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March 01, 2018

Kenney seeks property tax hike for Philly schools

Mayor calls for 6 percent increase

City Hall Taxes
Stock_Carroll - Schuylkill Yards Thom Carroll/PhillyVoice

Philadelphia Mayor Jim Kenney spoke on Wed. Nov. 8, 2017, at 30th and Market Streets at the official groundbreaking of the Schuylkill Yards development in University City.

Mayor Jim Kenney proposed a property tax increase in his annual budget address on Thursday, pitching the hike as an investment in Philadelphia's school system.

Over the next five years, Kenney seeks to direct an additional $980 million to the Philadelphia School District, which is facing a budget deficit of nearly $1 billion.

To cover that shortfall, Kenney intends to raise property and real estate transfer taxes. He also suggested lowering the city's wage tax at a slower rate.

Under Kenney's proposal, property taxes would rise by 6 percent and the real estate transfer tax would increase by 8.5 percent, according to the report.

For the average homeowner, the property tax increase would amount to an additional $95 per year. For residents enrolled in the Homestead Exemption program, it would mean another $70 per year.

"I know for many residents, this will be a sacrifice," Kenney said. 

But he said the funding will support a collection of programs needed to improve the district's graduation rate, literacy levels and college readiness.

The school district projects a $1 billion deficit over the next five years. With the dissolution of the School Reform Commission returning district control to the local level, Kenney has pledged to cover much of the shortfall.

"There is nothing left to cut," Kenney said. "There is no one else to turn to. While we continue to press the commonwealth to meet its constitutional requirement to fund schools adequately, we can no longer afford to wait for other people to act."

The Kenney administration projects the real estate tax hike to generate an additional $475 million, while the real estate transfer tax increase will bring in another $66 million.

Reducing the amount of planned wage tax rate reductions will provide the district with another $340 million, Kenney said.

Additionally, the city will contribute $20 million annually from its general fund, generating another $100 million.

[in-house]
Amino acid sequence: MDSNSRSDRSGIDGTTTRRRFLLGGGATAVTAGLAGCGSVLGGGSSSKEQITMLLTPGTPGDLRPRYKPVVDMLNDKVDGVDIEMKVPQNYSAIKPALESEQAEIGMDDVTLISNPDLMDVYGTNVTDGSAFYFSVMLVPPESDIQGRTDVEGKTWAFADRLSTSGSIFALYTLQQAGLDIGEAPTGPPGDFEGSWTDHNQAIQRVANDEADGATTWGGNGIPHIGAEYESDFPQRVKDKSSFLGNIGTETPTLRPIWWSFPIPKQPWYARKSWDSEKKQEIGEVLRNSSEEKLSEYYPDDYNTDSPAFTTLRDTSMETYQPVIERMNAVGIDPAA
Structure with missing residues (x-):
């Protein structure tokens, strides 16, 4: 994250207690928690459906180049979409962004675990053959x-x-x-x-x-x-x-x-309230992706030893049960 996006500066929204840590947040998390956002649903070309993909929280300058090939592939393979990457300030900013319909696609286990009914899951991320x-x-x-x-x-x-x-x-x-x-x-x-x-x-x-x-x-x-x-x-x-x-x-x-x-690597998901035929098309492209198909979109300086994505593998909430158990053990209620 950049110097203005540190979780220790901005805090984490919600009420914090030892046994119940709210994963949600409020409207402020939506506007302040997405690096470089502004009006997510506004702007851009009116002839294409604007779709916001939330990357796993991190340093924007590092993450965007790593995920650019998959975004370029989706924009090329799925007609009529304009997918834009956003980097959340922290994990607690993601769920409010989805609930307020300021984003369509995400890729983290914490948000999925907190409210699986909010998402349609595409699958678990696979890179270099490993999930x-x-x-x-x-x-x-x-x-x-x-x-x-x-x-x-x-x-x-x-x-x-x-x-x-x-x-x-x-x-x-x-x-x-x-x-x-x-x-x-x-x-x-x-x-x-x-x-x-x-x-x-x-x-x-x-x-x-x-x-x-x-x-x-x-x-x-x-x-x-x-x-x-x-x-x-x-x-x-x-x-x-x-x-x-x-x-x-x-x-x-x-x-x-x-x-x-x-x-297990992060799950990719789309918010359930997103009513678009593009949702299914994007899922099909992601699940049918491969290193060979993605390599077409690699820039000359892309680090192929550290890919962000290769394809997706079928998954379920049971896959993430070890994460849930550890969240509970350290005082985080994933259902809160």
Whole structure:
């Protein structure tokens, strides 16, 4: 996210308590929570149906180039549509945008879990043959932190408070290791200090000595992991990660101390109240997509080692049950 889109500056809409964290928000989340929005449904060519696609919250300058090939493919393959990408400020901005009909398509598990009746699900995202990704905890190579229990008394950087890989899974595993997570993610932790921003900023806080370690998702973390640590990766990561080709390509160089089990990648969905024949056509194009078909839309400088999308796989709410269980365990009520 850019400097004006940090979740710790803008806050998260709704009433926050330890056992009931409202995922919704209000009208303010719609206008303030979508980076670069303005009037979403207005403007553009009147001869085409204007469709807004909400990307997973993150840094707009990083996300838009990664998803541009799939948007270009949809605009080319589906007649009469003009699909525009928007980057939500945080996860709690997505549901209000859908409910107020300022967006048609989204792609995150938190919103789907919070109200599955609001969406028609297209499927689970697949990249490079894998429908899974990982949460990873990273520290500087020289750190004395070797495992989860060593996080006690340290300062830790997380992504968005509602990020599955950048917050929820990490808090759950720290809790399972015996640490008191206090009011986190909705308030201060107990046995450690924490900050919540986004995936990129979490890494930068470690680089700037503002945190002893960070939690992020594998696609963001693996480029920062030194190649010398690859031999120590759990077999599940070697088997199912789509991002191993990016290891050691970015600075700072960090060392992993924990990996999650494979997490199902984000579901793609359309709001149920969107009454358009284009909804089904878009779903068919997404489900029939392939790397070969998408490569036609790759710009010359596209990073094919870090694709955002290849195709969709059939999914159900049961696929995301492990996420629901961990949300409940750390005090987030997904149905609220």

"All told, this will mean an additional $980 million to the children of Philadelphia over five years," Kenney said.

The additional funding will enable the school district to implement an action plan that includes upgraded classrooms, specialized reading coaches, expanded college and career readiness programs, increased bilingual support and school safety investments.

"All of these efforts will take years to fully realize their worth," Kenney said. "But we expect to see steady and incremental progress each year."

Kenney vowed to take such actions while protecting low-income homeowners. 

He called for a $4 million boost to the Philadelphia Land Bank and pledged to expand housing counseling and outreach with $2.5 million in foreclosure prevention programs.

Kenney also detailed proposed funding to cover several other city priorities.

He seeks to invest $100 million over five years to boost the police force to 6,500 officers, a level not seen since 2009. 

And he wants to invest another $54 million to bring firefighter and paramedic staffing levels to 2,600 – a 24 percent increase since he took office.

His budget proposal includes $60 million to redesign streets and implement traffic calming measures – policies included in the city's Vision Zero plan. 

The budget also includes $20 million, spread out over five years, to combat the city's opioid epidemic. 

"I only wish we had sufficient resources to fully address every challenge our city faces," Kenney said. "But, unfortunately, we don't. This spending plan is lean. We have combed through every part of government looking for new efficiencies."

Two years ago, Kenney pushed a controversial soda tax through City Council to raise funding for universal pre-K programs, community schools and park upgrades.

Now, he's asking council to approve property taxes, which were last increased in 2015 – Mayor Michael Nutter's final year in office.

Nutter asked for a 9.3 percent increase during his final budget address as he sought to raise $100 million for city schools. But the tax proved unpopular with city council and he settled for a 4.5 increase.

Combined with hikes to off-street parking and the use and occupancy taxes, the city projected raising an additional $70 million for the district.